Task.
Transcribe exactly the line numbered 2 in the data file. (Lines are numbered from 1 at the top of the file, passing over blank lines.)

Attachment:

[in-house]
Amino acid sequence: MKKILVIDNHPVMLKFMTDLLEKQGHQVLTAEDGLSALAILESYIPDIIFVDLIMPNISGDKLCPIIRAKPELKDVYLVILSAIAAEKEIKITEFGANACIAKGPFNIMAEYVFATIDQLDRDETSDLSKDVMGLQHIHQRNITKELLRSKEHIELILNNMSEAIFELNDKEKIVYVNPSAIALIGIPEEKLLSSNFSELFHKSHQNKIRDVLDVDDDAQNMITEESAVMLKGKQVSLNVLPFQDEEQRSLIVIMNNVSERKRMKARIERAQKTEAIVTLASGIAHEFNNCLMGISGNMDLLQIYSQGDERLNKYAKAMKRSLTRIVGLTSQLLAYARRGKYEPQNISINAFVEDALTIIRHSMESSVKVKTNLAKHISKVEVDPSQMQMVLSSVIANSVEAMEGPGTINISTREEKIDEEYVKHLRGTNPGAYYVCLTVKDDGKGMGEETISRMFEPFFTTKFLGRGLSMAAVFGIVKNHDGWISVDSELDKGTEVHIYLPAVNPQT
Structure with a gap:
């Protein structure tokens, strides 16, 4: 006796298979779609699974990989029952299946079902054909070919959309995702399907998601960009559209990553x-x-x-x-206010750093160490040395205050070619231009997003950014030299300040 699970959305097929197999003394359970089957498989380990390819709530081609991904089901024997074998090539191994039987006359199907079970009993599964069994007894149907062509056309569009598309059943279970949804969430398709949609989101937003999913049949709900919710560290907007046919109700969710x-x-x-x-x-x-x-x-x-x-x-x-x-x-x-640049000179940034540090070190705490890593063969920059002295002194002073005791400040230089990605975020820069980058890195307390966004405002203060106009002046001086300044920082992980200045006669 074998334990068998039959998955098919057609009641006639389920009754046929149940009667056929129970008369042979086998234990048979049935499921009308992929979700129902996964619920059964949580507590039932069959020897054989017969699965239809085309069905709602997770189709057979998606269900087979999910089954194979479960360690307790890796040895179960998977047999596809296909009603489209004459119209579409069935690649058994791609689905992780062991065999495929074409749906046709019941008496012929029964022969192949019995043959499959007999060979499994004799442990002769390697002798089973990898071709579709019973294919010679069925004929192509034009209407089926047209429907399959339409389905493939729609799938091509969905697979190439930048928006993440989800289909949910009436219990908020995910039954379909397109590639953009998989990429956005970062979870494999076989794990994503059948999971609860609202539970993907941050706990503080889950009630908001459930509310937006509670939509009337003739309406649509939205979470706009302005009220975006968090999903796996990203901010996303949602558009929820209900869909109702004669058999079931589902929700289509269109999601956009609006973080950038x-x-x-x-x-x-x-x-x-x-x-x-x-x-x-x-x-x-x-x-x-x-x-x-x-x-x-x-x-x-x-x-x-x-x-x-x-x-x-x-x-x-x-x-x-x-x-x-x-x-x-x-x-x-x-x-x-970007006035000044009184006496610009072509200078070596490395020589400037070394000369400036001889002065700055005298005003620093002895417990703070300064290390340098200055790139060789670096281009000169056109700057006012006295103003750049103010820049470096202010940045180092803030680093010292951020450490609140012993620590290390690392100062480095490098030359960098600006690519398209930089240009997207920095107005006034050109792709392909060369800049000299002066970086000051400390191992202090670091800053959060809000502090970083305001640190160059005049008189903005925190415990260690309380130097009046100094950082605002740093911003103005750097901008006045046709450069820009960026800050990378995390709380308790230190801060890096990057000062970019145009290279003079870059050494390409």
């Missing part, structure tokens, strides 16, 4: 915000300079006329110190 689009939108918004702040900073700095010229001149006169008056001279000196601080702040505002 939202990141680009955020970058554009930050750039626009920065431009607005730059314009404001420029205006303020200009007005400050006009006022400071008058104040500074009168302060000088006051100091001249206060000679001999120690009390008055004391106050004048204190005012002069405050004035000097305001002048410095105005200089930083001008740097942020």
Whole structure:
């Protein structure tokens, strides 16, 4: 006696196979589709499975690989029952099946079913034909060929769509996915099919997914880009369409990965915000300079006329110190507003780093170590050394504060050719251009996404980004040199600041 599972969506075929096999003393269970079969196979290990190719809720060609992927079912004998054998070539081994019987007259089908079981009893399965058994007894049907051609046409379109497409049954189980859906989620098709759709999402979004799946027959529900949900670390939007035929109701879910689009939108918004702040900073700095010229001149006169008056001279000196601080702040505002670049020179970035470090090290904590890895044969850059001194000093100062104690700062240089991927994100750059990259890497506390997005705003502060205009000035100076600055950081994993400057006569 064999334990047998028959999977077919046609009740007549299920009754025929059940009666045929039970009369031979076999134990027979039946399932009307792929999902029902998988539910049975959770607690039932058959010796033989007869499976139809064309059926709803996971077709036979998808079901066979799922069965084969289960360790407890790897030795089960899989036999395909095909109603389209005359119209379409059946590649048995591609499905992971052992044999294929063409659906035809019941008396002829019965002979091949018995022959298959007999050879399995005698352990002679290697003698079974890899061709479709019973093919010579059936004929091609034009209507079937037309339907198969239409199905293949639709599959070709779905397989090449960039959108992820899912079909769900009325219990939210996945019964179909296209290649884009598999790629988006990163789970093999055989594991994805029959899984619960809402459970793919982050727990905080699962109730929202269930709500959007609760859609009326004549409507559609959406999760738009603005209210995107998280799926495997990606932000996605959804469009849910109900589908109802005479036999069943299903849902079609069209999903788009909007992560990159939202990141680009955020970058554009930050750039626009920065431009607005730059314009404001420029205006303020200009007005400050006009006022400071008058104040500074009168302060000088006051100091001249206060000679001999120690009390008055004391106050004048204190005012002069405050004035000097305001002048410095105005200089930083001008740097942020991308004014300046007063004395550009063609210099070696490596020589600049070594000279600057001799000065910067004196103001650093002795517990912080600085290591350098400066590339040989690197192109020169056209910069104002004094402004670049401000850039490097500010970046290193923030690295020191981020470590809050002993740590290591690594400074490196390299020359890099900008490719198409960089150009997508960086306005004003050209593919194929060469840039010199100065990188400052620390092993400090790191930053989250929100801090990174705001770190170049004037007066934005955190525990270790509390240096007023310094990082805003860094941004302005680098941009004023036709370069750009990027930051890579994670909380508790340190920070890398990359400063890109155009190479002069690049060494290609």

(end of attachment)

Amino acid sequence: MKKILVIDNHPVMLKFMTDLLEKQGHQVLTAEDGLSALAILESYIPDIIFVDLIMPNISGDKLCPIIRAKPELKDVYLVILSAIAAEKEIKITEFGANACIAKGPFNIMAEYVFATIDQLDRDETSDLSKDVMGLQHIHQRNITKELLRSKEHIELILNNMSEAIFELNDKEKIVYVNPSAIALIGIPEEKLLSSNFSELFHKSHQNKIRDVLDVDDDAQNMITEESAVMLKGKQVSLNVLPFQDEEQRSLIVIMNNVSERKRMKARIERAQKTEAIVTLASGIAHEFNNCLMGISGNMDLLQIYSQGDERLNKYAKAMKRSLTRIVGLTSQLLAYARRGKYEPQNISINAFVEDALTIIRHSMESSVKVKTNLAKHISKVEVDPSQMQMVLSSVIANSVEAMEGPGTINISTREEKIDEEYVKHLRGTNPGAYYVCLTVKDDGKGMGEETISRMFEPFFTTKFLGRGLSMAAVFGIVKNHDGWISVDSELDKGTEVHIYLPAVNPQT